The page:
The rice industry continues to move along with even more news to digest since the last report. The weekly export sales report indicated another boost in net sales nearing a total of 58,000 MT for the week. This number remains far from optimal but is still enough to be considered healthy for the industry.
Additional sales to Iraq or even a few thousand metric tons to Central or South America would be highly welcomed at this time in an effort to alleviate the current glut of rice in the marketplace. Vessel loadings were notably higher than last week with volumes nearing 95,000 MT.
Some of this is reflective of the recent high-volume sales but the remainder is an indication that old sales on the books are beginning to be filled. Both of these scenarios are positive for the near-term market outlook.
In Asian markets, the benchmark origins were mostly sideways over the week with some price weakening in key areas. The magnitude and direction of the changes seem to suggest that changing currency valuations had the lion’s share of the action as opposed to true supply and demand fundamentals.
USDA released its world market price this week and ultimately lowered the indicator for both long and medium/short grain classes of rice. This comes as a minor surprise, but optimism remains for an upward adjustment to occur in the coming weeks. The futures market had a rollercoaster ride over the week after last week’s massive gains.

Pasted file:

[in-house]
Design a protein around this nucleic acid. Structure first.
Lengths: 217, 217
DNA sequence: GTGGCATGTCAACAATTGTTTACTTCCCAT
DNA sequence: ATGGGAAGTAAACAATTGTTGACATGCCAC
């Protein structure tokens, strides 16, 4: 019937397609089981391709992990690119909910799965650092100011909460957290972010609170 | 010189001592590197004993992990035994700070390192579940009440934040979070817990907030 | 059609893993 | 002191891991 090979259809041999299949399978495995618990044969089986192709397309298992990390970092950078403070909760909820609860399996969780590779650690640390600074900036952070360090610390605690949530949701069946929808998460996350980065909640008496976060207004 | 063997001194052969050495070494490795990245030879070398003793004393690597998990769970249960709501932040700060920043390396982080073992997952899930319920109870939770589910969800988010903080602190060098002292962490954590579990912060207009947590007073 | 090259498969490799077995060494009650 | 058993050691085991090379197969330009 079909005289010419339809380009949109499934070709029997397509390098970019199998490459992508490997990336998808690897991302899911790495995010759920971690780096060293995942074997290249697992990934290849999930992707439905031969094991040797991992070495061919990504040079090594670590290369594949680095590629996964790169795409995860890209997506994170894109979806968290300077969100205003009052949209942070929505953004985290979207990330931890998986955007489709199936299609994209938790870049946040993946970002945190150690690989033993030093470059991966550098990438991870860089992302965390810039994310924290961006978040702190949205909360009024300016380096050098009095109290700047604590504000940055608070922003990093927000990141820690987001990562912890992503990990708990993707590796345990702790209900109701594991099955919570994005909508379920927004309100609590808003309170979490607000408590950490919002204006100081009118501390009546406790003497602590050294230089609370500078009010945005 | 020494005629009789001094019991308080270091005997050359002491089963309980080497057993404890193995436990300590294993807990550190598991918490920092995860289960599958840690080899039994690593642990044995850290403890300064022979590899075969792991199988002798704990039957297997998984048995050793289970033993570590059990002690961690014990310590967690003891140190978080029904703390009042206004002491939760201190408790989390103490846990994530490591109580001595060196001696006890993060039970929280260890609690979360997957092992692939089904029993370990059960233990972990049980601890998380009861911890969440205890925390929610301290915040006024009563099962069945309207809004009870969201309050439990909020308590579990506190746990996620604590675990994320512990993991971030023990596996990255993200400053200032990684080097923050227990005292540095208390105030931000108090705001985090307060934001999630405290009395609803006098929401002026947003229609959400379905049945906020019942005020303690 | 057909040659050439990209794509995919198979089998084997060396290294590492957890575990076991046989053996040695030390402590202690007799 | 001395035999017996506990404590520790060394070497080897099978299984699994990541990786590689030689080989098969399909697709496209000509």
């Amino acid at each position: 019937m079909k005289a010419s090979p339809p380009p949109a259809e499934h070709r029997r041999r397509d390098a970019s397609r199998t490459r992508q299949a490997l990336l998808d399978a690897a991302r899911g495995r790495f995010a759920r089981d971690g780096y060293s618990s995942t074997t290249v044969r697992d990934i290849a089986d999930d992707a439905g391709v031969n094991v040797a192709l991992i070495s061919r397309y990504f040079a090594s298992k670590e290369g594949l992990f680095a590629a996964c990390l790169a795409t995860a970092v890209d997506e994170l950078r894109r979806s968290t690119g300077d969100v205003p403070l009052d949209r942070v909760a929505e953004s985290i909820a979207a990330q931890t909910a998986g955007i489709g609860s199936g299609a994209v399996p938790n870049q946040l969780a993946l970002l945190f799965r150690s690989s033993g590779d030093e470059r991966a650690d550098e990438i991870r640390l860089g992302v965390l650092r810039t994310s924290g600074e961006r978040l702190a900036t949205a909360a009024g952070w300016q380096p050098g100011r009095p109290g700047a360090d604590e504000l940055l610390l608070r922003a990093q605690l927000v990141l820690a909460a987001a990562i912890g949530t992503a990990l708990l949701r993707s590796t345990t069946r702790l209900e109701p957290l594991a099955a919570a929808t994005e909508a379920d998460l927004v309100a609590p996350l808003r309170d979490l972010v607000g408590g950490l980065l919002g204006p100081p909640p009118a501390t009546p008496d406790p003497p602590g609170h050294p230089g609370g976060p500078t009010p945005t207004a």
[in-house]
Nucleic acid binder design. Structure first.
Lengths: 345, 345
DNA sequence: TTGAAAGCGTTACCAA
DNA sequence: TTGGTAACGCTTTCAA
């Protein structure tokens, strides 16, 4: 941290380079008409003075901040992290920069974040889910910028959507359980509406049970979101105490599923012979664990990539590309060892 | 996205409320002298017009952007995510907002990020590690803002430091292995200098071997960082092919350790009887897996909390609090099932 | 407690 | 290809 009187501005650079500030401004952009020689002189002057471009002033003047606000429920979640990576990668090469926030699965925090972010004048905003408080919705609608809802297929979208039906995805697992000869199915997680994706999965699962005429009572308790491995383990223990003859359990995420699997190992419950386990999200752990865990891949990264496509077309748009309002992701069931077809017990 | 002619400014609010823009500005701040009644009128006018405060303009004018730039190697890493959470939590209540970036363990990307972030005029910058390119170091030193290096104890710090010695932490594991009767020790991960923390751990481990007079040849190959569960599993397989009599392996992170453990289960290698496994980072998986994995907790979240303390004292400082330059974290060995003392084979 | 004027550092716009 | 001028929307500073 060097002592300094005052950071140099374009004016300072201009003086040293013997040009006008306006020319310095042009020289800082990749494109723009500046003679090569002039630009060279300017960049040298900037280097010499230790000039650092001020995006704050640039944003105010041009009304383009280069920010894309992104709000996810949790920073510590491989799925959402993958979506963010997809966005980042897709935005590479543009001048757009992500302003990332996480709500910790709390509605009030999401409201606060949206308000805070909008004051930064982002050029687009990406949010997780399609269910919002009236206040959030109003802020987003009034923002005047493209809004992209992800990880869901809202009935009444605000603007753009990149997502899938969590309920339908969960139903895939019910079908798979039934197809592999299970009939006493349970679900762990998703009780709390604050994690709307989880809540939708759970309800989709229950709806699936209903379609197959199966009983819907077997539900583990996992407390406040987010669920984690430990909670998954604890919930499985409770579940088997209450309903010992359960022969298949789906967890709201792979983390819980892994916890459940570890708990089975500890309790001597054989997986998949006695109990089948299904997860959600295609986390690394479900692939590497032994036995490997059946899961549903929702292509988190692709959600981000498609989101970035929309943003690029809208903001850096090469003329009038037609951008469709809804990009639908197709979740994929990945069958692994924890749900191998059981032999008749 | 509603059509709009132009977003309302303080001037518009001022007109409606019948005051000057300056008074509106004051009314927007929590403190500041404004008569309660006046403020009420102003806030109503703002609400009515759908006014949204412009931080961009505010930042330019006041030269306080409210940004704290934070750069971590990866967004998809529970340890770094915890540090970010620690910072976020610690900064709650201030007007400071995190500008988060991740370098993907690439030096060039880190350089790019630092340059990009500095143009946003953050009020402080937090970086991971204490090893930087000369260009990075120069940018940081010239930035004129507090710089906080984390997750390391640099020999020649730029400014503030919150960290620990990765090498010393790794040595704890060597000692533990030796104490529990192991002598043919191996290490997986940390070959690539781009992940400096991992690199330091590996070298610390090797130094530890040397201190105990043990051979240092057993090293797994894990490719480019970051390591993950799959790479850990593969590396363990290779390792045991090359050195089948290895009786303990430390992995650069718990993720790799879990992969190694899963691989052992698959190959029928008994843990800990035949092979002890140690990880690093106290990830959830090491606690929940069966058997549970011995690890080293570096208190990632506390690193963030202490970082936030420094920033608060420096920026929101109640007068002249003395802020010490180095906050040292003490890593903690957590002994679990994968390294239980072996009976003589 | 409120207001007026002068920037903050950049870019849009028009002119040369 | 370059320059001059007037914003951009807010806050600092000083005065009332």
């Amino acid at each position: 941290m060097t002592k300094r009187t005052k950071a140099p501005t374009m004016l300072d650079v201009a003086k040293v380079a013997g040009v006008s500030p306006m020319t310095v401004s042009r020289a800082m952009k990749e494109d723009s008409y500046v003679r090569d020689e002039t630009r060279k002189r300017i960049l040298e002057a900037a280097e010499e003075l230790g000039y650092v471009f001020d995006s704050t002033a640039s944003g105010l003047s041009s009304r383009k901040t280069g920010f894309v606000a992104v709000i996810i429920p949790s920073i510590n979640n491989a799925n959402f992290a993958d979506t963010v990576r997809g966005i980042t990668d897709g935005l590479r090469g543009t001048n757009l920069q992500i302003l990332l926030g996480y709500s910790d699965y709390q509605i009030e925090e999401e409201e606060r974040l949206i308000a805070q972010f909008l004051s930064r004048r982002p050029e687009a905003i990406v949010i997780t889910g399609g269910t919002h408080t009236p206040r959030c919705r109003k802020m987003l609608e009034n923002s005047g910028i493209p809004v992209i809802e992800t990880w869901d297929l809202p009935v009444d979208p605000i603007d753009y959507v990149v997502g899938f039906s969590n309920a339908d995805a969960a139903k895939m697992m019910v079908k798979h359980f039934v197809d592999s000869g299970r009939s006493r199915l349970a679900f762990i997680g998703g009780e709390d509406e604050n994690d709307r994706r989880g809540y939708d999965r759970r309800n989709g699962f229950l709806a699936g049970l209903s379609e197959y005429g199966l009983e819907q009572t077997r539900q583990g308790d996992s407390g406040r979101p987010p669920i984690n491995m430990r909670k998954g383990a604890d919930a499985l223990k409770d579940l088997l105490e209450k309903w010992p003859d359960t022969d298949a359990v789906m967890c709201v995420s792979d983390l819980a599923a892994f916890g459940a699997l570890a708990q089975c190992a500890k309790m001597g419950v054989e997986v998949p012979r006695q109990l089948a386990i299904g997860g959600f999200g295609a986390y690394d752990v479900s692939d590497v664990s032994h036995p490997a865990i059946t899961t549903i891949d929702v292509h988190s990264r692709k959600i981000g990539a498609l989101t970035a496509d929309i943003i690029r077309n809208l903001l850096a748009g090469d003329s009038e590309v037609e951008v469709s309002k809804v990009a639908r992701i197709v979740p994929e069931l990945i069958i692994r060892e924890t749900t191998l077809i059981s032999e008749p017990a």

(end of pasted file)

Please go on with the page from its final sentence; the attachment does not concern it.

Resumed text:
The trading action started out bullish with a continued rally, but the interest rate increase on Wednesday sent the financial markets into freefall and ultimately dampened the momentum in the rice market. Thursday’s WASDE report was more neutral to bullish than anything else, but the futures contracts had a different take and the resulting decrease brought the open contracts on the board back into negative territory for the week.
Rice News on AgFax
The domestic cash markets continue to soften as harvest pressure from the Upper Delta weighs into the equation and has the expected effect of suppressing prices down river. Along the Gulf Coast, storage is still an issue (especially in Texas) which is having a similar impact in those areas. The harvest in Mississippi is in the final throes while Arkansas and Missouri report well over two thirds of the rice having been harvested at this time. Quality reports indicate lower milling yields in those areas than was hoped for.
In other news this week, the UDSA released its monthly World Agricultural Supply and Demand Estimate (WASDE) with no significant surprises. The revisions for this month were exclusively on the supply side of the equation and consisted primarily of a decrease in average yield by 24 pounds per acre.
This decrease led to a downward revision in the overall supply number by 700,000 hundredweights. With no demand side revisions (the Iraqi sales having seemingly been already incorporated into the estimate) the ending stocks estimate was adjusted accordingly by 700,000 hundredweights with no impact on the season average farm price projection.